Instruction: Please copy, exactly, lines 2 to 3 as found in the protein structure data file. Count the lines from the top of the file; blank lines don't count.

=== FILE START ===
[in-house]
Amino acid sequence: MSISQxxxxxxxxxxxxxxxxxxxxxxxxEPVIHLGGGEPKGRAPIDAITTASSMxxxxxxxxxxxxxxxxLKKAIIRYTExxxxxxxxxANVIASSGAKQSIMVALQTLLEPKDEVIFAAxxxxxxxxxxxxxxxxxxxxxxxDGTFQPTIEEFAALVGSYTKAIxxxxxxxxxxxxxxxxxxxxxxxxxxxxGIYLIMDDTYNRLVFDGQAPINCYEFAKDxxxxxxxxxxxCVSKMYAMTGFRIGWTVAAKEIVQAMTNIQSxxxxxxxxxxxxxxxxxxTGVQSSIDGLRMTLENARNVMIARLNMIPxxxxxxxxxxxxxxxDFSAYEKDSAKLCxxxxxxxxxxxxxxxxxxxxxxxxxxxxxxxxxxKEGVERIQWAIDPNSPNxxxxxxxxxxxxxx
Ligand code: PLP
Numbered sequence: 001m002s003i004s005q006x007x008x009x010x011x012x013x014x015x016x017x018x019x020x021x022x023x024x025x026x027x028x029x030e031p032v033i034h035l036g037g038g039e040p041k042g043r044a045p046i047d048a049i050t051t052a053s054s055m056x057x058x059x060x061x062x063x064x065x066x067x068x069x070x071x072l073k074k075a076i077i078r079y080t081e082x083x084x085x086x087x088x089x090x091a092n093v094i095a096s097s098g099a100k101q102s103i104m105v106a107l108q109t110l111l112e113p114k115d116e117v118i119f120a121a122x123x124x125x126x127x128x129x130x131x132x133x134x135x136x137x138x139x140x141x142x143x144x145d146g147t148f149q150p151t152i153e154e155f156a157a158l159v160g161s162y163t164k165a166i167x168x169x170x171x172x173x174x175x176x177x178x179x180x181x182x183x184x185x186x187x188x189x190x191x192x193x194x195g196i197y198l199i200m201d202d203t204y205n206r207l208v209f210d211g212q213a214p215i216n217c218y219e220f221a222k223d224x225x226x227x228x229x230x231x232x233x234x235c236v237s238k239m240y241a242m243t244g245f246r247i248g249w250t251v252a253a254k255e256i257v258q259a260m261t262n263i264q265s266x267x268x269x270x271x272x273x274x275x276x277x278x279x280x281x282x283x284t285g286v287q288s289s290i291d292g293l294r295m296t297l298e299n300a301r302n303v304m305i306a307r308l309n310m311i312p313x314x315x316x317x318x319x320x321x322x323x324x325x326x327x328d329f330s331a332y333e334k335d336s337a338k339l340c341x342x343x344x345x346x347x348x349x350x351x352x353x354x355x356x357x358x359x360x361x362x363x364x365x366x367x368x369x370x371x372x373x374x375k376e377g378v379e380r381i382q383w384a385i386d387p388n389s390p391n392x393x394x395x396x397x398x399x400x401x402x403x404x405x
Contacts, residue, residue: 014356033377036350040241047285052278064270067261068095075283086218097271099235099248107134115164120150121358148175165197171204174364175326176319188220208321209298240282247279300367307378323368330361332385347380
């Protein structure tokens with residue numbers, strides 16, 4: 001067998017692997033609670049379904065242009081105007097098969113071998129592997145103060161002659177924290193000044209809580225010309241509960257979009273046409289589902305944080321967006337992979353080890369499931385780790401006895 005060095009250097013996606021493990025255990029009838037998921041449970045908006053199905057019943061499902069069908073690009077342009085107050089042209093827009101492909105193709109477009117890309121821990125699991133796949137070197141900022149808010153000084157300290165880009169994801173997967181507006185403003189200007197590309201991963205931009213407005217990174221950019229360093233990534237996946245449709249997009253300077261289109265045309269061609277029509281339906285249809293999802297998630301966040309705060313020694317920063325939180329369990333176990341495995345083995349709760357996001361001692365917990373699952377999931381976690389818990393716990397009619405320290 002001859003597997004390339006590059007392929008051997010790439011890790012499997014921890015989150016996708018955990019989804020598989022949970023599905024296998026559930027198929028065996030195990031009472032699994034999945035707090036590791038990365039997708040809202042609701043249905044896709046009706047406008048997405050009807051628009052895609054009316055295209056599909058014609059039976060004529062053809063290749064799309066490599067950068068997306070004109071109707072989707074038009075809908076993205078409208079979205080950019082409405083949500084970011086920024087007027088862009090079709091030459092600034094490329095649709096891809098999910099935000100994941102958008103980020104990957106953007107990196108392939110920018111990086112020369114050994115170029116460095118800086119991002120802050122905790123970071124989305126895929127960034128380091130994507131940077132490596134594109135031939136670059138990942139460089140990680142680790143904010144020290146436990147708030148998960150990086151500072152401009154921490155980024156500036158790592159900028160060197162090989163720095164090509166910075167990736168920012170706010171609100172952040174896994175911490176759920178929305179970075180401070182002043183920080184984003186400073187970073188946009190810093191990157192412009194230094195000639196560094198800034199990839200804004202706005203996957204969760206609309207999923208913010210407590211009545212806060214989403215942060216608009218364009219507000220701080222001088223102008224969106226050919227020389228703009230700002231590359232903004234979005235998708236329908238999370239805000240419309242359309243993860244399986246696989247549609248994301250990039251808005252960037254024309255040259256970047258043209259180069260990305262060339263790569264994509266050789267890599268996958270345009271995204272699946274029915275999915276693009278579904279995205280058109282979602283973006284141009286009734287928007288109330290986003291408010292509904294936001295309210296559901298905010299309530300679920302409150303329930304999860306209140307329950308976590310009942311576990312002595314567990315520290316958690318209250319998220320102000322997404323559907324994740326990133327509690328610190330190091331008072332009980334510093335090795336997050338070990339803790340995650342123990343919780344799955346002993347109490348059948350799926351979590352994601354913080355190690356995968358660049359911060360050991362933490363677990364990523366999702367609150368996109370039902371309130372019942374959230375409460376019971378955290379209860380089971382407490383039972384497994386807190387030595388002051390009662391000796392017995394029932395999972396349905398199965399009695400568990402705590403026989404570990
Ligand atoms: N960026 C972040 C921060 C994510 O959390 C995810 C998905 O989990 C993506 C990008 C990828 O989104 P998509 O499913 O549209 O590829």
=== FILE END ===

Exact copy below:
Amino acid sequence: MSISQxxxxxxxxxxxxxxxxxxxxxxxxEPVIHLGGGEPKGRAPIDAITTASSMxxxxxxxxxxxxxxxxLKKAIIRYTExxxxxxxxxANVIASSGAKQSIMVALQTLLEPKDEVIFAAxxxxxxxxxxxxxxxxxxxxxxxDGTFQPTIEEFAALVGSYTKAIxxxxxxxxxxxxxxxxxxxxxxxxxxxxGIYLIMDDTYNRLVFDGQAPINCYEFAKDxxxxxxxxxxxCVSKMYAMTGFRIGWTVAAKEIVQAMTNIQSxxxxxxxxxxxxxxxxxxTGVQSSIDGLRMTLENARNVMIARLNMIPxxxxxxxxxxxxxxxDFSAYEKDSAKLCxxxxxxxxxxxxxxxxxxxxxxxxxxxxxxxxxxKEGVERIQWAIDPNSPNxxxxxxxxxxxxxx
Ligand code: PLP